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Let $\mathscr{S}(\mathbb{R}^n)$ denote the space of Schwartz functions. That is $$ \mathscr{S}(\mathbb{R}^n) = \left\{ f \in C^\infty(\mathbb{R}^n, \mathbb{R}) ~\colon \sup_{x\in\mathbb{R}^n} \left|x^\alpha \partial_\beta f(x) \right| < \infty \quad \forall \alpha, \beta \right\} $$ where $\alpha$ and $\beta$ are multi-indices. Take $f(t, x) \in \mathscr{S}(\mathbb{R}^{n+1})$ and define $F ~\colon \mathbb{R} \to \mathbb{R}$ by $$ F(t) = \int_{\mathbb{R}^n} f(t, x) ~\mathrm{d}t $$ I would like to know when it is valid to compute $F'(t)$ by "differentiation under the integral sign". In other words, when is it justifiable to say $$ F'(t) = \partial_t \int_{\mathbb{R}^n} f(t, x) ~ \mathrm{d}t = \int_{\mathbb{R}^n} \partial_t f(t, x) ~ \mathrm{d}t $$ I'm think I am able to show this when I have a few extra conditions, say if I know that $\partial_t f(t, x)$ is a decreasing function of $t$ for all fixed $x$. However, I feel that it should be true in general and perhaps I'm just missing something important. Any help will be appreciated.

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The result is in fact true in general. For any $h\in\mathbb{R}$, $h\ne0$, $$ \frac{F(t+h)-F(t)}{h}=\int_{\mathbb{R}^n}\frac{f(t+h)-f(t)}{h}\,dx. $$ On the one hand $$ \lim_{h\to0}\frac{f(t+h)-f(t)}{h}=\frac{\partial f}{\partial t}(x,t)\quad\forall x\in\mathbb{R}^n. $$ On the other $$ \Bigl|\frac{f(t+h)-f(t)}{h}\Bigr|=\Bigl|\frac{\partial f}{\partial t}(x,\tau)\Bigr| $$ for some $\tau$ between $t$ and $t+h$. Since $f$ is a Schwartz function, it is bounded (uniformly in $\tau$) by an integrable function. Now use the dominated convergence theorem.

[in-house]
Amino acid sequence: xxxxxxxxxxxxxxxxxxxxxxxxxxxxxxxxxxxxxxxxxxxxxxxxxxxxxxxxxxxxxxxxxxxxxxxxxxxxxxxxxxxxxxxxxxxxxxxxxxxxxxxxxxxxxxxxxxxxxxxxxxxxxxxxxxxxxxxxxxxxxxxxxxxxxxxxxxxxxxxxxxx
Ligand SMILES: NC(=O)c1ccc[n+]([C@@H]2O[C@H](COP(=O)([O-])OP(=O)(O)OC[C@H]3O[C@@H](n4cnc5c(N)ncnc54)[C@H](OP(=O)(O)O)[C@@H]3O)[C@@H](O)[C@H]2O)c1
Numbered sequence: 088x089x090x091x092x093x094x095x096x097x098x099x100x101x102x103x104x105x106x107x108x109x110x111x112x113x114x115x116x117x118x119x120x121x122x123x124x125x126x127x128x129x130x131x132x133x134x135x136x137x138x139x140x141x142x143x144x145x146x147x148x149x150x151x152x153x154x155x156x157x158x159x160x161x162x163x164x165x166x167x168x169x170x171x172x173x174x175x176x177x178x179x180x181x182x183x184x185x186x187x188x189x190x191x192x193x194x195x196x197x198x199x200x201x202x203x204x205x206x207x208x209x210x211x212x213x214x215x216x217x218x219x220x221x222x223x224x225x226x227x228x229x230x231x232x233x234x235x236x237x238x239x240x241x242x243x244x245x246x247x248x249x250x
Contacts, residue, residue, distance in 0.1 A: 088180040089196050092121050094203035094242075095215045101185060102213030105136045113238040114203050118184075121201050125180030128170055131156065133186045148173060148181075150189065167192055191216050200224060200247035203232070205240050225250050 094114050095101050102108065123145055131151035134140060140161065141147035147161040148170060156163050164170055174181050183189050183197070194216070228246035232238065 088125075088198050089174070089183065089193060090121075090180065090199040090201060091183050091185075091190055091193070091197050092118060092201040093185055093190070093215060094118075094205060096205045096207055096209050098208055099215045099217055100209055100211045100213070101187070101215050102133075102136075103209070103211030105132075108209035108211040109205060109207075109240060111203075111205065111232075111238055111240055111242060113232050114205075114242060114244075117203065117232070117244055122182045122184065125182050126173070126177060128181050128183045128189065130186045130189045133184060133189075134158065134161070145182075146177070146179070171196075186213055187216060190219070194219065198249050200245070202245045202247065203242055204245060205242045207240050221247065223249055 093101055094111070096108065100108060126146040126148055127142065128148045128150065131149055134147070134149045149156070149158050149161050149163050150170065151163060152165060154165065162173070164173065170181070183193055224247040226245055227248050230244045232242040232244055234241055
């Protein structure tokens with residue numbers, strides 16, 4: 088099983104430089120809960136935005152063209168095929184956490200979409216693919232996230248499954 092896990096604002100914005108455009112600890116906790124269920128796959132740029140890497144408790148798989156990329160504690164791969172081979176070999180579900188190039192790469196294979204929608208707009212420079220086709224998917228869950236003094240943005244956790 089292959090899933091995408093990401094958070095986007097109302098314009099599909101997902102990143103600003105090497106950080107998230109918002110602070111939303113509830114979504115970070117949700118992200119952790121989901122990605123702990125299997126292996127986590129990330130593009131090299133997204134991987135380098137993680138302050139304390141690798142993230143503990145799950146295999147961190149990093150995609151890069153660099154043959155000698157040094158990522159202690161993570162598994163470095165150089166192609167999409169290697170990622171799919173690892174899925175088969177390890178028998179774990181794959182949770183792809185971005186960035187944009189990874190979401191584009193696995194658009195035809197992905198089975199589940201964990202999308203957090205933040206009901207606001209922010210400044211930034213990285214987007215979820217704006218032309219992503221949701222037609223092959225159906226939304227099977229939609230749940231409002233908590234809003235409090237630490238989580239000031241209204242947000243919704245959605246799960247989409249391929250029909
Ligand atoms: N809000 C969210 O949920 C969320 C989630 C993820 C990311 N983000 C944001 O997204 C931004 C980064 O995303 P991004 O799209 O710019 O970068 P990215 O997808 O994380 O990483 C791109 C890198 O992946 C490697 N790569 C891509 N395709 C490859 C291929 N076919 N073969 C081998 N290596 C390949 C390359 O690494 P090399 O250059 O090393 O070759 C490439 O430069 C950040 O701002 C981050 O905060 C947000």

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    $\begingroup$ Hmm, it is precisely the uniform boundedness of a Schwartz function $f$ by an $L^1$ function that I am having trouble proving in general. $\endgroup$ – providence Feb 6 '15 at 10:47
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    $\begingroup$ If $\phi$ is an Schwartz function in $\mathbb{R}^n$, then $|\phi(x)|\le C_k(1+|x|)^k$ for all $k$. $\endgroup$ – Julián Aguirre Feb 6 '15 at 11:25

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